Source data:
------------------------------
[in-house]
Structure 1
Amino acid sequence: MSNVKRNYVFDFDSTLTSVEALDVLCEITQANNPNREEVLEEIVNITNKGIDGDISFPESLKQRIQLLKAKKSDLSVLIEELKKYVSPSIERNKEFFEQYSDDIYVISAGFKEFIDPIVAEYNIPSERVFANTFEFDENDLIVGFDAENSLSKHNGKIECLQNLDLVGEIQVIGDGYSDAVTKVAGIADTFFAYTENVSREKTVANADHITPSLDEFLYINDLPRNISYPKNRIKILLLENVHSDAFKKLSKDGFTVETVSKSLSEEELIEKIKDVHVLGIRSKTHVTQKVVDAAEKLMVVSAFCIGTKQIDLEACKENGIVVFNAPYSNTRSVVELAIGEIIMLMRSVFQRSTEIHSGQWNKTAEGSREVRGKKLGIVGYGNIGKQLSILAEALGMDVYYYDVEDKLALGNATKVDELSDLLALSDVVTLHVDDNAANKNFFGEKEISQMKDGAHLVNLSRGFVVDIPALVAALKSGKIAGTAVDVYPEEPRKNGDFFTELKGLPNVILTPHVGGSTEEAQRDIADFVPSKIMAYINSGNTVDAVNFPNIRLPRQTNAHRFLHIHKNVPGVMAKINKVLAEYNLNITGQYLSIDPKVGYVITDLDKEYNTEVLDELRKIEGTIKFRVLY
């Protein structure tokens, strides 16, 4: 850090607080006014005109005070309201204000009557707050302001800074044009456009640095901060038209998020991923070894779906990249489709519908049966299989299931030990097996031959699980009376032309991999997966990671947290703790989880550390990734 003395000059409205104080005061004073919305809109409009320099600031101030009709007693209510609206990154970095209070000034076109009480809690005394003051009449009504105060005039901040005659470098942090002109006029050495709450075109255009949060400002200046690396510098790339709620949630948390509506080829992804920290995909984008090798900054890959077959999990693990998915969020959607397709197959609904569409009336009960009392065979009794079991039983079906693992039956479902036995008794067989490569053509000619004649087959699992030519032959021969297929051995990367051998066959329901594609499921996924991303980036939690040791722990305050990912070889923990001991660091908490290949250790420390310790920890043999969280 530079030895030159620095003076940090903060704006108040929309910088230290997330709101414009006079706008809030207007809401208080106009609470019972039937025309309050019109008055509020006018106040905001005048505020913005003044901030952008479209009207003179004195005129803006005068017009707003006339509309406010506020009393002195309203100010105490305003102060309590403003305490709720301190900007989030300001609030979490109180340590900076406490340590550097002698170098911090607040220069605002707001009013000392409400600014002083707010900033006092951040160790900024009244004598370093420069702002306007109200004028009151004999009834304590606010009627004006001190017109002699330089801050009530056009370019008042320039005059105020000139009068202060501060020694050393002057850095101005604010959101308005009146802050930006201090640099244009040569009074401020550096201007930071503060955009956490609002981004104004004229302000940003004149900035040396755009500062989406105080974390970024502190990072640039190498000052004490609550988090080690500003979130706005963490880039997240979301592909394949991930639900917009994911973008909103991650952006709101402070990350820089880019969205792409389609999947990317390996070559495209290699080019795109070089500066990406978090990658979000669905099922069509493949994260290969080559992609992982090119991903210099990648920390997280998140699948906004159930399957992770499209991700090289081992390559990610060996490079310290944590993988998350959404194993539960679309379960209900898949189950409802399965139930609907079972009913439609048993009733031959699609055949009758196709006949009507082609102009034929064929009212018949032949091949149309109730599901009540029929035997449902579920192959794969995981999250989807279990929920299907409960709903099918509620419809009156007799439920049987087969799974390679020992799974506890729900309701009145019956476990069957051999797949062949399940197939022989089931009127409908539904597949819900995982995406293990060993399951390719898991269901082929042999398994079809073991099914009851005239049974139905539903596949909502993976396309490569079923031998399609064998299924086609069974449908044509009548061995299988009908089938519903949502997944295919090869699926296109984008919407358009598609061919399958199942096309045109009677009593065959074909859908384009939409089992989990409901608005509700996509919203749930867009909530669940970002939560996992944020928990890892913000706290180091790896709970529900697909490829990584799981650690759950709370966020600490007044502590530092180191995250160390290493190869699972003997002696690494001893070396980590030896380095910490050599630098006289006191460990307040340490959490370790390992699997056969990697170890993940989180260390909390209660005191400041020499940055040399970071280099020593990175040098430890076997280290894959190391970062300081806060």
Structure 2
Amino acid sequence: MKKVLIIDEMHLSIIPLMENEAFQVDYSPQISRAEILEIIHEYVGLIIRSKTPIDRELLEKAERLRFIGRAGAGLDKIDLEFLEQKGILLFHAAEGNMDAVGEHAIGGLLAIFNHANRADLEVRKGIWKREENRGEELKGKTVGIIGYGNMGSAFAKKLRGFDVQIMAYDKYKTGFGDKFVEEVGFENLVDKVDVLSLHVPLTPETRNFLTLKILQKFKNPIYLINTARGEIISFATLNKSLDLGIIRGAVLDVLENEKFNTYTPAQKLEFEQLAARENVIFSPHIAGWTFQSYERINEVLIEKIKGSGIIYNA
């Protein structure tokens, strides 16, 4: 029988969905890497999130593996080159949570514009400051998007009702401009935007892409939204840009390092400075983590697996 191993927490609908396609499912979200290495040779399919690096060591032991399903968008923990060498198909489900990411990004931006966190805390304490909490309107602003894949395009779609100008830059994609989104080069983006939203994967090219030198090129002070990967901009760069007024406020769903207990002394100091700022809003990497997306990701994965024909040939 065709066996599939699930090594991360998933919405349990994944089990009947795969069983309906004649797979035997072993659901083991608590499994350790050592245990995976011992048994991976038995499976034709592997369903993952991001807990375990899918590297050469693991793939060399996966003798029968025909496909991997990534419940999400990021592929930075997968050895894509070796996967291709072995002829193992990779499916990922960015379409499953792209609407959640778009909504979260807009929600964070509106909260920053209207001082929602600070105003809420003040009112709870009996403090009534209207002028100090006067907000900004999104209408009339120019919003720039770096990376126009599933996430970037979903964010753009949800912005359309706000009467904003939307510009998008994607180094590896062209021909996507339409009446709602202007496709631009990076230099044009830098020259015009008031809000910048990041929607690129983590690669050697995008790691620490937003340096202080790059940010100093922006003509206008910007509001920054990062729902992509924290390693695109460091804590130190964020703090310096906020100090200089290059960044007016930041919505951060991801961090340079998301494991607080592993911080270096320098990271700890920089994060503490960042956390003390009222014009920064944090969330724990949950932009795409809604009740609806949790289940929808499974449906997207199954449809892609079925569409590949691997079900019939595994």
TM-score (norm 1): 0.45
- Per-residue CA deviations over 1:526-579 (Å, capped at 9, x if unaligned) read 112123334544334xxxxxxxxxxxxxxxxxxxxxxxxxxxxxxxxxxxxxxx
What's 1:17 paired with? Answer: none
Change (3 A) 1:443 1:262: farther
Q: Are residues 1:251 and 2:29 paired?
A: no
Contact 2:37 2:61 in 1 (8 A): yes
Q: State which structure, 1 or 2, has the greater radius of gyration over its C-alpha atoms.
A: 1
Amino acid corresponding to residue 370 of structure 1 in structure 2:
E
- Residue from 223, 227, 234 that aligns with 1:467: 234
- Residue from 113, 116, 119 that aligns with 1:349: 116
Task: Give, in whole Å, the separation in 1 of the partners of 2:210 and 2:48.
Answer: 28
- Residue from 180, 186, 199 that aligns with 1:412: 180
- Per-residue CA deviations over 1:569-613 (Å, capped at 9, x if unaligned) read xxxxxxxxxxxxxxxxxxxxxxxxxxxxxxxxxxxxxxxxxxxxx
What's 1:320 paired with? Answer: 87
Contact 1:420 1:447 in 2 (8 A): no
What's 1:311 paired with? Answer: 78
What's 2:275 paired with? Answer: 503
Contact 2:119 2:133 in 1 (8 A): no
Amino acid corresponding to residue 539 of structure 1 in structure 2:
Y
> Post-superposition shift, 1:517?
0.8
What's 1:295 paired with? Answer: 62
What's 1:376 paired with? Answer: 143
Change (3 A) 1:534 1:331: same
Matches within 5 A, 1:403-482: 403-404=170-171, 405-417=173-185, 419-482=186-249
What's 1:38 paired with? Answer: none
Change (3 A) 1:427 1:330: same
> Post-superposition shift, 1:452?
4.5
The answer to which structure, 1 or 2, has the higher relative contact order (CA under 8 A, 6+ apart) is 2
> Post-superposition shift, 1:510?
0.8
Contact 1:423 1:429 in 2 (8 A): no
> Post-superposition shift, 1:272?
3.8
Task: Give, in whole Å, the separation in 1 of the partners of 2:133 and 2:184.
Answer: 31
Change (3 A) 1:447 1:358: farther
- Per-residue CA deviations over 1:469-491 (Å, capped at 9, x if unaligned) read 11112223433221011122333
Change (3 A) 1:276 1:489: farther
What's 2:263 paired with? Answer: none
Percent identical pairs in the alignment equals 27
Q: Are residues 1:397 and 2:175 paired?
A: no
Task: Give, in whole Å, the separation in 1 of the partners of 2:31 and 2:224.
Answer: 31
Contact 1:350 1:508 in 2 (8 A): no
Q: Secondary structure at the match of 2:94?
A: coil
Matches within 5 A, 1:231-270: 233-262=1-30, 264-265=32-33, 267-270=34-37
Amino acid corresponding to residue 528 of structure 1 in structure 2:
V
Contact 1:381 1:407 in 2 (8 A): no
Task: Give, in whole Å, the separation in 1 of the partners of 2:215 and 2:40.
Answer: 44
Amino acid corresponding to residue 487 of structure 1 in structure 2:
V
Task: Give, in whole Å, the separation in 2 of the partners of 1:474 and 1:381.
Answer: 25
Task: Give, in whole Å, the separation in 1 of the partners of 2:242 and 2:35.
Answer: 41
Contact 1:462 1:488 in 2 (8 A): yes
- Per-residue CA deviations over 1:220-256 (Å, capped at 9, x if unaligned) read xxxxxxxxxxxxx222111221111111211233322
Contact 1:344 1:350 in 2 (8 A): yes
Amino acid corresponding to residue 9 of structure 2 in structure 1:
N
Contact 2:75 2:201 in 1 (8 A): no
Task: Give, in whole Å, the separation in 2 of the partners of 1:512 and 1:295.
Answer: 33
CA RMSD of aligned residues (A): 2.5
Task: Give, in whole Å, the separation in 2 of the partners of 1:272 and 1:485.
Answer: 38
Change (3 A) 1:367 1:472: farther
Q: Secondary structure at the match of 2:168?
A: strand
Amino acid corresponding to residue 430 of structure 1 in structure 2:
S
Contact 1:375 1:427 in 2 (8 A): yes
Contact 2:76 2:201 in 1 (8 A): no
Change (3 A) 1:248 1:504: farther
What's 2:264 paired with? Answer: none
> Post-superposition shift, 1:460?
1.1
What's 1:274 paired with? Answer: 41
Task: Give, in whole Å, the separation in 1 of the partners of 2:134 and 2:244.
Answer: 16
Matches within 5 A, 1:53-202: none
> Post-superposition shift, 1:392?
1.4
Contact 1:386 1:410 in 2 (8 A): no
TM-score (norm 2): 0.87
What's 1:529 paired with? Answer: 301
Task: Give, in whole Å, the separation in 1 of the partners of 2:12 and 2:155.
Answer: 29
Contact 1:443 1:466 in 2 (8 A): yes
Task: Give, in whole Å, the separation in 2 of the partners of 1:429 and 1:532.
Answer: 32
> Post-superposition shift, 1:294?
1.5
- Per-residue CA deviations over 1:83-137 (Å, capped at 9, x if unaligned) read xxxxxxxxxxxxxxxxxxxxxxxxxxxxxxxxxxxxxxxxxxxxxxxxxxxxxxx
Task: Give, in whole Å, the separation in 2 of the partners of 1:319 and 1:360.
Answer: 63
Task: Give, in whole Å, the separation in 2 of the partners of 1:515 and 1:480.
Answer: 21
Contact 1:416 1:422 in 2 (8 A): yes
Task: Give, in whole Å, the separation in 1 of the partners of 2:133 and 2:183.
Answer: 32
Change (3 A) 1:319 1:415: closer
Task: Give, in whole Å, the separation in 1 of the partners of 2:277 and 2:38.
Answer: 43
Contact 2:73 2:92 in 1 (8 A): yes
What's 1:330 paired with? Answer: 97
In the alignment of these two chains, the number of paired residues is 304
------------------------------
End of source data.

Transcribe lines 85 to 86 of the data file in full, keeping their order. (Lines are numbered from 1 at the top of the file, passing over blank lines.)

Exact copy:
Change (3 A) 1:367 1:472: farther
Q: Secondary structure at the match of 2:168?